It’s important to understand the role that clients have when they hire an attorney and how clients and attorneys interact during the course of a family law case. Once again, keep in mind that there are a lot of examples of the types of family law cases that are in the system. Without the cooperation of a client, a lawyer cannot effectively do their job. Lawyers are trained to present their client’s side of the facts and version of the case that would be in the light most favorable to their clients and at the same time, exposing the weaknesses or the problems that the other side has.
Let me give you an example. A cooperative client is very useful to me, as a lawyer, in presenting information about the other party that I would not have any knowledge of or access to. In a case involving a child custody situation, where my client has known the other party for ten, fifteen or even twenty years, it’s very helpful to me, as a lawyer, for the client to give me a lot of information about the other parent.
In a situation that has come up recently my client was able to go back in time and tell me about the fact that the other parent had a long history of mental illness, was taking lots of medication and had lots of mood swings and that this affected that parent’s parenting. As a result of that, we were able to get a favorable outcome for my client to show that even though this other parent was a loving person, there were lots of problems associated with a long history of drug use and mental illness.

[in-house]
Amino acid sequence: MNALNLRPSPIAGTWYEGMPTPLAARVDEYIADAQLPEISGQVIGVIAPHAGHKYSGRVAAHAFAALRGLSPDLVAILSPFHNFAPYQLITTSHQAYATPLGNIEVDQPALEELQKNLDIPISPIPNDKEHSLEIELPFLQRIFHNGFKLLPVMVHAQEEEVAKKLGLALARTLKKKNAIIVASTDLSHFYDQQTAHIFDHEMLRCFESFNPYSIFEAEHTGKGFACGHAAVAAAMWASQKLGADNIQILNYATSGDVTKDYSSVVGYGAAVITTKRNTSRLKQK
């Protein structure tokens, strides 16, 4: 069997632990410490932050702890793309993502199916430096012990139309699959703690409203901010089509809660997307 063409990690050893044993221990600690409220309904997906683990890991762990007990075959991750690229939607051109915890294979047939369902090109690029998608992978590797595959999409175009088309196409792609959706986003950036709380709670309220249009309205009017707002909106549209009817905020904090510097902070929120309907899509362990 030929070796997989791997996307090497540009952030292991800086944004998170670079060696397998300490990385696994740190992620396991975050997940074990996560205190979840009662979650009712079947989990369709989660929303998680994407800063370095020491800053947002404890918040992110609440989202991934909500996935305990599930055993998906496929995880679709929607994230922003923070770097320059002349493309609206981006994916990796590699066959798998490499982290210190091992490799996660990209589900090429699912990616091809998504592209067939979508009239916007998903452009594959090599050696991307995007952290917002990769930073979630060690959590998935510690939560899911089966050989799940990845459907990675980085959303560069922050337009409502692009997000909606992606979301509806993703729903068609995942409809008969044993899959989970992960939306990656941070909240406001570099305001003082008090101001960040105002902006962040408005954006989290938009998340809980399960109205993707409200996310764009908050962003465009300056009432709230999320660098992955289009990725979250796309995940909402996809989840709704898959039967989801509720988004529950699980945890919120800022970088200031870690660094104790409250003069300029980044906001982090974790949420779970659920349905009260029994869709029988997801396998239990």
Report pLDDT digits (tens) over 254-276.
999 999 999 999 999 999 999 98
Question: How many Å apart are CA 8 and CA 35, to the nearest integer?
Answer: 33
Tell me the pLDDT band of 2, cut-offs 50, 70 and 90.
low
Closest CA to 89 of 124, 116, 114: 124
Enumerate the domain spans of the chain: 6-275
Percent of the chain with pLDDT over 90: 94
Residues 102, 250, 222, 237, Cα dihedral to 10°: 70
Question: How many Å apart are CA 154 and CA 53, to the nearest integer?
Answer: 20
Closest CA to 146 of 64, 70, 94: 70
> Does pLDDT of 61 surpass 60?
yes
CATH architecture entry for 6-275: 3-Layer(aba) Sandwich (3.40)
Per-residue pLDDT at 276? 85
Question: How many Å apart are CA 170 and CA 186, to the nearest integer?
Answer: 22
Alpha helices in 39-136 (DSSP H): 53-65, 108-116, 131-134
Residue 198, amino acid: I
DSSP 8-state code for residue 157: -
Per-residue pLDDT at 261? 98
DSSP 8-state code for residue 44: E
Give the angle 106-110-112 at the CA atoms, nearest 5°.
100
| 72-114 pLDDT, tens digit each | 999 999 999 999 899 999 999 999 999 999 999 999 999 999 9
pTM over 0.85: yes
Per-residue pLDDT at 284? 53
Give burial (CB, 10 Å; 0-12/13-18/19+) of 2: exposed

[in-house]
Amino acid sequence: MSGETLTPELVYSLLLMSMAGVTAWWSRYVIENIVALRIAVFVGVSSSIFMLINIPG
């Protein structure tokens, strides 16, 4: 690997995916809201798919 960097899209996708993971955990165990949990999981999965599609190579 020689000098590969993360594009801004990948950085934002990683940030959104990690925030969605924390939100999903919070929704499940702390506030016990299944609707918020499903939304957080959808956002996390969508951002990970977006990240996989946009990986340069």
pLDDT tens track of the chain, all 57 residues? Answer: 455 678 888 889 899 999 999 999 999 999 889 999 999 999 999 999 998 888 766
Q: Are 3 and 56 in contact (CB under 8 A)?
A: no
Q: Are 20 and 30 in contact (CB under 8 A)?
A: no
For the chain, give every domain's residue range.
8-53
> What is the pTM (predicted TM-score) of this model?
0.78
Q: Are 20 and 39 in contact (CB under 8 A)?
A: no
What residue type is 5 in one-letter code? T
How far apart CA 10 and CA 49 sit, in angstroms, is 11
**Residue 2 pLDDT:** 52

The last thing that I want to discuss about a cooperating parent is this. Your lawyer knows the judge. Your lawyer knows the system if they are experienced and they have tried hundreds and hundreds of cases. When a lawyer makes a recommendation that a client go take a drug class, go to the center on fathering, produce certain records, the lawyer is not doing that because the lawyer just wants to get you to do work. A lawyer is doing that so you can craft solutions to your case that are going to present you in a favorable light when the case goes to trial or a hearing in front of the judge. Without the cooperation of clients, the lawyers lose their effectiveness to make arguments in court and it diminishes the likelihood of success in front of a judge.